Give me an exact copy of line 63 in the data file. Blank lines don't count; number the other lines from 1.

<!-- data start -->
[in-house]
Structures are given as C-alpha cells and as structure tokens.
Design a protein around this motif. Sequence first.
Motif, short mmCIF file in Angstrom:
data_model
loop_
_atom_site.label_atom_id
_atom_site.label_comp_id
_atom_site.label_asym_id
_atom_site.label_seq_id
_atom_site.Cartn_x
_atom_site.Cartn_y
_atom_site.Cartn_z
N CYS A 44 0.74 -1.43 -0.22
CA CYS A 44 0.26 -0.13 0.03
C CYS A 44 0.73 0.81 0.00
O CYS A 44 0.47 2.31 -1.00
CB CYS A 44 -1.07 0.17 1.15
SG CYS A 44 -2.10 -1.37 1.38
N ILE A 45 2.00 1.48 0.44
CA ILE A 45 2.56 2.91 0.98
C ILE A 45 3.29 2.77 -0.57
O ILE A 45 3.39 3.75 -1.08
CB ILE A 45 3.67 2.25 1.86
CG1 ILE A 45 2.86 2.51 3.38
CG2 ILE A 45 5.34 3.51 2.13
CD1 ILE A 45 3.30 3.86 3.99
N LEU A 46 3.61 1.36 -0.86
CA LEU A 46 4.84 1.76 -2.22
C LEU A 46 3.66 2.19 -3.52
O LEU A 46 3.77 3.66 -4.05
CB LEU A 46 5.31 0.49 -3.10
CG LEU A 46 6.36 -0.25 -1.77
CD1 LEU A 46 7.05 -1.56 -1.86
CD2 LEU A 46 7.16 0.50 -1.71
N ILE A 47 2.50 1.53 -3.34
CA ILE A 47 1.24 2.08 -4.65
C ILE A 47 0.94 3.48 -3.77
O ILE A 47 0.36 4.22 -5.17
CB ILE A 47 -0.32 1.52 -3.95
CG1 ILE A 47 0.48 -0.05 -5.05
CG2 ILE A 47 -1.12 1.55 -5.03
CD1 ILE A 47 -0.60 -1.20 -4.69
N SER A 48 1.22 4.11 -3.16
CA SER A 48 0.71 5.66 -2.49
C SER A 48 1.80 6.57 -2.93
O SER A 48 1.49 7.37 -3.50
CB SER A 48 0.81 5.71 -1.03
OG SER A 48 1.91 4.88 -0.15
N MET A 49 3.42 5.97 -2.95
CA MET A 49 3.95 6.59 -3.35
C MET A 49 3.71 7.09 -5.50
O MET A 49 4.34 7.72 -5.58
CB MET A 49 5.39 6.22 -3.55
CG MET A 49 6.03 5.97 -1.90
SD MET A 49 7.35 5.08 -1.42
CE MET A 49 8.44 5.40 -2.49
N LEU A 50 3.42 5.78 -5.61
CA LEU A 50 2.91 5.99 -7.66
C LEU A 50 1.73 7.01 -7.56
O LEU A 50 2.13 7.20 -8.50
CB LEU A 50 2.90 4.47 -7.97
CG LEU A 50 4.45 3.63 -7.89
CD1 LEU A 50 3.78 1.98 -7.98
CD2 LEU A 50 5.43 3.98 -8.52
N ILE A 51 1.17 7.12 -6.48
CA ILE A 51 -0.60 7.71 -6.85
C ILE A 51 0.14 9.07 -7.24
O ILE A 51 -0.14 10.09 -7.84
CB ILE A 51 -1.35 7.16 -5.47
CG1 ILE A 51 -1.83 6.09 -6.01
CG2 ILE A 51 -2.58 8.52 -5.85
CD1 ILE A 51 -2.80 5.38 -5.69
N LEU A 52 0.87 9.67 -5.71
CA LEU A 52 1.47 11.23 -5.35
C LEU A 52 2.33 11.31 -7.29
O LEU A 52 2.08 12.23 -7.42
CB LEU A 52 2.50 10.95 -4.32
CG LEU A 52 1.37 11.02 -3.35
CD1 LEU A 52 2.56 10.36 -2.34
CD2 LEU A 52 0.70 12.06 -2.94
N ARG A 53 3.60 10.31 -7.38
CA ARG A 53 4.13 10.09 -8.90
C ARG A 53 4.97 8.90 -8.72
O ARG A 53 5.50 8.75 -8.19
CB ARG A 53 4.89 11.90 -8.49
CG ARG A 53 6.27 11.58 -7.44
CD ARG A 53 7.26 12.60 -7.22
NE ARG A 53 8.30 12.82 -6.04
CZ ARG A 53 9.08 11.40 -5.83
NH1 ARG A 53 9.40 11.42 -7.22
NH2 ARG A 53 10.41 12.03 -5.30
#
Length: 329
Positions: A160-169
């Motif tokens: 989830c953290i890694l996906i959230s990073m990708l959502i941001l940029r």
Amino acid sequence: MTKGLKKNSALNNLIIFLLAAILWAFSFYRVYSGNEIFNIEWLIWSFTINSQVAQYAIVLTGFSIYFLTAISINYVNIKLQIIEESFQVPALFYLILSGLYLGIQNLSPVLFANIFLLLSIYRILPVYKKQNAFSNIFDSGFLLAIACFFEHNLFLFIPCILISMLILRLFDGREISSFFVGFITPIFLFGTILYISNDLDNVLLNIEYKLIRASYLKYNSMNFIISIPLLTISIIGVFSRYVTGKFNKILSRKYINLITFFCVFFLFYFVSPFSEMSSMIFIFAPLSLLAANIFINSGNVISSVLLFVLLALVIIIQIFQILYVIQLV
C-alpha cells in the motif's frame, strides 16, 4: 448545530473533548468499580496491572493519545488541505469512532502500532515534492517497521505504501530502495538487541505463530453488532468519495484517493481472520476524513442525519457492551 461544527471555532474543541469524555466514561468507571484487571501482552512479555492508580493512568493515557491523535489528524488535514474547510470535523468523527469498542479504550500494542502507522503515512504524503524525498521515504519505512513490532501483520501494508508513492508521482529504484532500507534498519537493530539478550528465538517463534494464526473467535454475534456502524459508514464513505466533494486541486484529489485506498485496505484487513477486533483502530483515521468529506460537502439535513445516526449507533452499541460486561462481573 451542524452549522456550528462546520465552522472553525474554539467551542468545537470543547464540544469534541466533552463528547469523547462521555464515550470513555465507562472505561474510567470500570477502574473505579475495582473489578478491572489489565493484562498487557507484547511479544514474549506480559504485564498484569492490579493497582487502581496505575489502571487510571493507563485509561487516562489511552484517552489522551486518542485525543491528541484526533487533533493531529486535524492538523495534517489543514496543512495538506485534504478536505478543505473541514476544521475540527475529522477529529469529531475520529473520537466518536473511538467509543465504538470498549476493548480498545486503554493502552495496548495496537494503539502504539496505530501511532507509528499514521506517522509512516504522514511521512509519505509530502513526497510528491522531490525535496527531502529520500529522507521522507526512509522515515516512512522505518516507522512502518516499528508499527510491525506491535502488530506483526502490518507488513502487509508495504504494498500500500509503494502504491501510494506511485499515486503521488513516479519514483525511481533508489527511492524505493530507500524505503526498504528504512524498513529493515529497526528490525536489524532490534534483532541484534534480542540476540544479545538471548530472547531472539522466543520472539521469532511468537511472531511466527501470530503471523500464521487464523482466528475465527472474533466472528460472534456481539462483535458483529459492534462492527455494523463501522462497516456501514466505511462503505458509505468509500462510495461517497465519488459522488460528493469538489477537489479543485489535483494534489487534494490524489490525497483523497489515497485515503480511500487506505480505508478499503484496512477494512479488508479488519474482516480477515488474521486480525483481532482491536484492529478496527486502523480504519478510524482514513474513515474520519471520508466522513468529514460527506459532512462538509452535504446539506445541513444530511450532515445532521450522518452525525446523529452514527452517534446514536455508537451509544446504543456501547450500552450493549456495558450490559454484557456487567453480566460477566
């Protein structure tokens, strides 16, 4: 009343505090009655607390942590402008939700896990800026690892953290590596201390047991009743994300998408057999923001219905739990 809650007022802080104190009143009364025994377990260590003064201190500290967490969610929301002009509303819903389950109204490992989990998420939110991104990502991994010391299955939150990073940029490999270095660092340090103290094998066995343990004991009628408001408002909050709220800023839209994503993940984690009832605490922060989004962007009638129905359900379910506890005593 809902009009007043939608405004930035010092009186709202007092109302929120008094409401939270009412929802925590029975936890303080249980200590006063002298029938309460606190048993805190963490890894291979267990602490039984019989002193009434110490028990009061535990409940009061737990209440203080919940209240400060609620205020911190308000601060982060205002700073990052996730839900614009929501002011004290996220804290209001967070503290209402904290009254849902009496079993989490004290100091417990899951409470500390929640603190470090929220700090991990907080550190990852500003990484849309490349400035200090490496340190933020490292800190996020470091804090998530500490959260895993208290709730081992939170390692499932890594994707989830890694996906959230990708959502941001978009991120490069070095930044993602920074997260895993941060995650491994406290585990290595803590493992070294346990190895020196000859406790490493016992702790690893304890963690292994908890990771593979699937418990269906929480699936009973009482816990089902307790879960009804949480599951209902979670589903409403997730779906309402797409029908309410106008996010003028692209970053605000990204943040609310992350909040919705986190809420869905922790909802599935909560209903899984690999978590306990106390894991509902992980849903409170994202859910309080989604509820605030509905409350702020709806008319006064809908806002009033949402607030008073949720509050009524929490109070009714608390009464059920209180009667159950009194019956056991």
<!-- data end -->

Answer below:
CG LEU A 50 4.45 3.63 -7.89